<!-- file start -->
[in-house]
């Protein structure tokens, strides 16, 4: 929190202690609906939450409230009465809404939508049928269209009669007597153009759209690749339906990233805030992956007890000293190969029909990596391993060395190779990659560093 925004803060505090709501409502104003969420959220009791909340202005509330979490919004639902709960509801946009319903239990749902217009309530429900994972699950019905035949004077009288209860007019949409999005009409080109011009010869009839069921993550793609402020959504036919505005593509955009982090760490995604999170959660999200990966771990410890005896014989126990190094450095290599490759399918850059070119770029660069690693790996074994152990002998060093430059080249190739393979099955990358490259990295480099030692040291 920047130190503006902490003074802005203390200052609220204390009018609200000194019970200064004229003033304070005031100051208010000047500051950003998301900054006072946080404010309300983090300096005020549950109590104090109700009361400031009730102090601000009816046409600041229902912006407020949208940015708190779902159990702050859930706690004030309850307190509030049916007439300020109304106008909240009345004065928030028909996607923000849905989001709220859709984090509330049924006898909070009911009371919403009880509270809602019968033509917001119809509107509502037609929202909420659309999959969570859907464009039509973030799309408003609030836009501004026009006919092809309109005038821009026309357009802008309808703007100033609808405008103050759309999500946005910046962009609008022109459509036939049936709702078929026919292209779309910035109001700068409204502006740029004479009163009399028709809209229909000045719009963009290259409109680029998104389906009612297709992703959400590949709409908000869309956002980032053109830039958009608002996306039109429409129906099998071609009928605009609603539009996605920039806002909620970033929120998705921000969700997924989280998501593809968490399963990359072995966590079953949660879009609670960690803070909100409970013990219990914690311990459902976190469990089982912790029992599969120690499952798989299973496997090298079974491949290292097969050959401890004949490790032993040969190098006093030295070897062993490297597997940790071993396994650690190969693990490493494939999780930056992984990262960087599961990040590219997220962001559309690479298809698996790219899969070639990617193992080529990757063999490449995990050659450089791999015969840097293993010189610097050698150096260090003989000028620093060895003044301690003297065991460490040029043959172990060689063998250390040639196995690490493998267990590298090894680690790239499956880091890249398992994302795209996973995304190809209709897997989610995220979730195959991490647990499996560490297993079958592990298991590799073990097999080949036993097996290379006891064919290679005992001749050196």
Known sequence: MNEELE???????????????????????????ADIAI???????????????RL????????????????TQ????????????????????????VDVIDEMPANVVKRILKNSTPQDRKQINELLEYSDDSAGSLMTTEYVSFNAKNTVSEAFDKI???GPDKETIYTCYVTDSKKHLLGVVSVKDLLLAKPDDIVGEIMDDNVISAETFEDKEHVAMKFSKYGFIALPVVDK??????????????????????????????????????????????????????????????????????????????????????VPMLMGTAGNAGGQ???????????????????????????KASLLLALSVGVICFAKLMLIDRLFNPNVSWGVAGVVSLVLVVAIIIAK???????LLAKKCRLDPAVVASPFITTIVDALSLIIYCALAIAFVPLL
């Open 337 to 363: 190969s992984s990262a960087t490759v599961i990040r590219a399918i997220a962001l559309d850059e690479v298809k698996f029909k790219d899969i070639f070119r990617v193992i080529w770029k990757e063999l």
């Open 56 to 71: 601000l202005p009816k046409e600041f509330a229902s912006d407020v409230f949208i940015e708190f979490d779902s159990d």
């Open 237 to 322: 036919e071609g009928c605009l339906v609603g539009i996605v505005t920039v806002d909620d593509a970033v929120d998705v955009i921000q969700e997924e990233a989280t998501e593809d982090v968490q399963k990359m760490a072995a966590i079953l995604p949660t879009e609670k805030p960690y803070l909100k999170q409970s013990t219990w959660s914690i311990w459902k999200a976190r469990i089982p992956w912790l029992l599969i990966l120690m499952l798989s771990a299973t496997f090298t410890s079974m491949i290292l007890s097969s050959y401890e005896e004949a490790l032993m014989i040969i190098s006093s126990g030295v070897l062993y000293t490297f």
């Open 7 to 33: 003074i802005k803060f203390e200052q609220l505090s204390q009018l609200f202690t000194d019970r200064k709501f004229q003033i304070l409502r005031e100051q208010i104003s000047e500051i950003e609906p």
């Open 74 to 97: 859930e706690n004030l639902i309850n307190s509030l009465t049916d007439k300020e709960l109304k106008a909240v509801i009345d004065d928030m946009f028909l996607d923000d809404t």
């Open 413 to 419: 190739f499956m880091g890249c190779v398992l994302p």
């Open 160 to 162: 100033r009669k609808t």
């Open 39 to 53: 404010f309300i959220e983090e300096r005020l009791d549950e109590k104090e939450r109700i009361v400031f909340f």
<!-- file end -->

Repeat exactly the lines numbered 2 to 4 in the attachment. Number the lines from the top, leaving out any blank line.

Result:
């Protein structure tokens, strides 16, 4: 929190202690609906939450409230009465809404939508049928269209009669007597153009759209690749339906990233805030992956007890000293190969029909990596391993060395190779990659560093 925004803060505090709501409502104003969420959220009791909340202005509330979490919004639902709960509801946009319903239990749902217009309530429900994972699950019905035949004077009288209860007019949409999005009409080109011009010869009839069921993550793609402020959504036919505005593509955009982090760490995604999170959660999200990966771990410890005896014989126990190094450095290599490759399918850059070119770029660069690693790996074994152990002998060093430059080249190739393979099955990358490259990295480099030692040291 920047130190503006902490003074802005203390200052609220204390009018609200000194019970200064004229003033304070005031100051208010000047500051950003998301900054006072946080404010309300983090300096005020549950109590104090109700009361400031009730102090601000009816046409600041229902912006407020949208940015708190779902159990702050859930706690004030309850307190509030049916007439300020109304106008909240009345004065928030028909996607923000849905989001709220859709984090509330049924006898909070009911009371919403009880509270809602019968033509917001119809509107509502037609929202909420659309999959969570859907464009039509973030799309408003609030836009501004026009006919092809309109005038821009026309357009802008309808703007100033609808405008103050759309999500946005910046962009609008022109459509036939049936709702078929026919292209779309910035109001700068409204502006740029004479009163009399028709809209229909000045719009963009290259409109680029998104389906009612297709992703959400590949709409908000869309956002980032053109830039958009608002996306039109429409129906099998071609009928605009609603539009996605920039806002909620970033929120998705921000969700997924989280998501593809968490399963990359072995966590079953949660879009609670960690803070909100409970013990219990914690311990459902976190469990089982912790029992599969120690499952798989299973496997090298079974491949290292097969050959401890004949490790032993040969190098006093030295070897062993490297597997940790071993396994650690190969693990490493494939999780930056992984990262960087599961990040590219997220962001559309690479298809698996790219899969070639990617193992080529990757063999490449995990050659450089791999015969840097293993010189610097050698150096260090003989000028620093060895003044301690003297065991460490040029043959172990060689063998250390040639196995690490493998267990590298090894680690790239499956880091890249398992994302795209996973995304190809209709897997989610995220979730195959991490647990499996560490297993079958592990298991590799073990097999080949036993097996290379006891064919290679005992001749050196």
Known sequence: MNEELE???????????????????????????ADIAI???????????????RL????????????????TQ????????????????????????VDVIDEMPANVVKRILKNSTPQDRKQINELLEYSDDSAGSLMTTEYVSFNAKNTVSEAFDKI???GPDKETIYTCYVTDSKKHLLGVVSVKDLLLAKPDDIVGEIMDDNVISAETFEDKEHVAMKFSKYGFIALPVVDK??????????????????????????????????????????????????????????????????????????????????????VPMLMGTAGNAGGQ???????????????????????????KASLLLALSVGVICFAKLMLIDRLFNPNVSWGVAGVVSLVLVVAIIIAK???????LLAKKCRLDPAVVASPFITTIVDALSLIIYCALAIAFVPLL
């Open 337 to 363: 190969s992984s990262a960087t490759v599961i990040r590219a399918i997220a962001l559309d850059e690479v298809k698996f029909k790219d899969i070639f070119r990617v193992i080529w770029k990757e063999l």